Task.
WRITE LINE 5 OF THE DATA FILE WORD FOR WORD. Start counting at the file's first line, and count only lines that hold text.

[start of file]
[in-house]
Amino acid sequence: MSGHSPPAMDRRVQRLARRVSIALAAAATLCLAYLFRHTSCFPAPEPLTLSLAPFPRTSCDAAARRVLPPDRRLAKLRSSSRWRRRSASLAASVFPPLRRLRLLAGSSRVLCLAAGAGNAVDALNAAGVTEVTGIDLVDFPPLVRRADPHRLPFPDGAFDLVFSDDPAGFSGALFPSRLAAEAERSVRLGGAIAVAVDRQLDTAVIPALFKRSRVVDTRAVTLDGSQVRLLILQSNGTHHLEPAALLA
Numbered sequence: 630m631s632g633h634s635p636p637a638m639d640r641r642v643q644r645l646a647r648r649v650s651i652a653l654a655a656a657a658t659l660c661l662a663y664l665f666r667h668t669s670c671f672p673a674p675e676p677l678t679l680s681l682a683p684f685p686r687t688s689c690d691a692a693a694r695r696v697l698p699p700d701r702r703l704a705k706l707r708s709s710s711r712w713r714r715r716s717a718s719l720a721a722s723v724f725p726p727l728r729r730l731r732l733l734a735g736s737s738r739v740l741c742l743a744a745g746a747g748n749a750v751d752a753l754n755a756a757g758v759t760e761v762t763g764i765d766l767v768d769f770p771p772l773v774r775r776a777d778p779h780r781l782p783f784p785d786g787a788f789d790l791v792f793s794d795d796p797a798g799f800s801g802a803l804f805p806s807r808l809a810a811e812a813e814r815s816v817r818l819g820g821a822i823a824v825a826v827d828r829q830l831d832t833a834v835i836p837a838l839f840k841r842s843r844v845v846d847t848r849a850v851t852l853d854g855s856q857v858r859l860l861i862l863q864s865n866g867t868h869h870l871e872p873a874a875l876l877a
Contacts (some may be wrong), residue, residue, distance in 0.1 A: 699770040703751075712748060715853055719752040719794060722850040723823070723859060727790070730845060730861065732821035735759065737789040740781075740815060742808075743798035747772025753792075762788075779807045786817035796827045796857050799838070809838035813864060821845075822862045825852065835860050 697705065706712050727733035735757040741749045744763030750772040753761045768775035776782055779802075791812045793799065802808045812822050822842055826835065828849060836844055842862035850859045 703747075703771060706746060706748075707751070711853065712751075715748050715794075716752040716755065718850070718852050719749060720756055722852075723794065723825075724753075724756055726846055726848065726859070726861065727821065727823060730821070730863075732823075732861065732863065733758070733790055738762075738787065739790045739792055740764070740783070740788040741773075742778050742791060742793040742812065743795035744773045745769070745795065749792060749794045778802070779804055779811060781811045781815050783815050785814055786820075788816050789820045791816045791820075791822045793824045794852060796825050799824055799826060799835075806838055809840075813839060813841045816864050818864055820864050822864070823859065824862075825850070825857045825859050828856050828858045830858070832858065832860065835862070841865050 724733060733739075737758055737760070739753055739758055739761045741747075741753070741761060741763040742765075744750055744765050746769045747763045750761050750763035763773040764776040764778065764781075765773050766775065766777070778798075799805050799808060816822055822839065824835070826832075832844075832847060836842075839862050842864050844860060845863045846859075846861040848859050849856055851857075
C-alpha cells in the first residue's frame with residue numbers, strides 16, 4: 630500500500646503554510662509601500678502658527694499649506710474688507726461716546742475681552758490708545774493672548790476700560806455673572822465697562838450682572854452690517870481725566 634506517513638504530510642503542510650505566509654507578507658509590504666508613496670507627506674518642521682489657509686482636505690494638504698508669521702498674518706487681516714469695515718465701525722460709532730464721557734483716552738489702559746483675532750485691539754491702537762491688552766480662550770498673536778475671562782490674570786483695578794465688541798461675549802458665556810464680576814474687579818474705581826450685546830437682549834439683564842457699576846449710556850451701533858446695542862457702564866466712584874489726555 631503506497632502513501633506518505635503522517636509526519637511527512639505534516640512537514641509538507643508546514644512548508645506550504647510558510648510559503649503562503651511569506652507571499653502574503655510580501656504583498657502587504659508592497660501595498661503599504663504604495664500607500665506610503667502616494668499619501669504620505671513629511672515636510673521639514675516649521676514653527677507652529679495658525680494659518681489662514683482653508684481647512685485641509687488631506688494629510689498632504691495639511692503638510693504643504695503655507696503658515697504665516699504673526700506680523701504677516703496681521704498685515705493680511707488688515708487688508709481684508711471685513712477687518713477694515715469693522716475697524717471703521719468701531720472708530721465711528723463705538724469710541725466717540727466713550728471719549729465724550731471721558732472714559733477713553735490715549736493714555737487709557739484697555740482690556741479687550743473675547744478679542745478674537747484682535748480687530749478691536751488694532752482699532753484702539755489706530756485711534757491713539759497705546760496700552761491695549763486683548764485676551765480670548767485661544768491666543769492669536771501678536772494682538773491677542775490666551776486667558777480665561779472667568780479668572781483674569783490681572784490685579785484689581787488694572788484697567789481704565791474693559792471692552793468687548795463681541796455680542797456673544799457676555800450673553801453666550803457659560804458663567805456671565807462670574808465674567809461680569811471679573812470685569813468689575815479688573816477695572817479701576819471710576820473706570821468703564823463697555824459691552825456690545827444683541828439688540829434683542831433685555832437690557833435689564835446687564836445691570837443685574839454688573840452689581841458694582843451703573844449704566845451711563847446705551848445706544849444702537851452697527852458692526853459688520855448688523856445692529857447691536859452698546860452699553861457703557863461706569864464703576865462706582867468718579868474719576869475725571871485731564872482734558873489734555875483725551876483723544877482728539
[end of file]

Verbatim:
C-alpha cells in the first residue's frame with residue numbers, strides 16, 4: 630500500500646503554510662509601500678502658527694499649506710474688507726461716546742475681552758490708545774493672548790476700560806455673572822465697562838450682572854452690517870481725566 634506517513638504530510642503542510650505566509654507578507658509590504666508613496670507627506674518642521682489657509686482636505690494638504698508669521702498674518706487681516714469695515718465701525722460709532730464721557734483716552738489702559746483675532750485691539754491702537762491688552766480662550770498673536778475671562782490674570786483695578794465688541798461675549802458665556810464680576814474687579818474705581826450685546830437682549834439683564842457699576846449710556850451701533858446695542862457702564866466712584874489726555 631503506497632502513501633506518505635503522517636509526519637511527512639505534516640512537514641509538507643508546514644512548508645506550504647510558510648510559503649503562503651511569506652507571499653502574503655510580501656504583498657502587504659508592497660501595498661503599504663504604495664500607500665506610503667502616494668499619501669504620505671513629511672515636510673521639514675516649521676514653527677507652529679495658525680494659518681489662514683482653508684481647512685485641509687488631506688494629510689498632504691495639511692503638510693504643504695503655507696503658515697504665516699504673526700506680523701504677516703496681521704498685515705493680511707488688515708487688508709481684508711471685513712477687518713477694515715469693522716475697524717471703521719468701531720472708530721465711528723463705538724469710541725466717540727466713550728471719549729465724550731471721558732472714559733477713553735490715549736493714555737487709557739484697555740482690556741479687550743473675547744478679542745478674537747484682535748480687530749478691536751488694532752482699532753484702539755489706530756485711534757491713539759497705546760496700552761491695549763486683548764485676551765480670548767485661544768491666543769492669536771501678536772494682538773491677542775490666551776486667558777480665561779472667568780479668572781483674569783490681572784490685579785484689581787488694572788484697567789481704565791474693559792471692552793468687548795463681541796455680542797456673544799457676555800450673553801453666550803457659560804458663567805456671565807462670574808465674567809461680569811471679573812470685569813468689575815479688573816477695572817479701576819471710576820473706570821468703564823463697555824459691552825456690545827444683541828439688540829434683542831433685555832437690557833435689564835446687564836445691570837443685574839454688573840452689581841458694582843451703573844449704566845451711563847446705551848445706544849444702537851452697527852458692526853459688520855448688523856445692529857447691536859452698546860452699553861457703557863461706569864464703576865462706582867468718579868474719576869475725571871485731564872482734558873489734555875483725551876483723544877482728539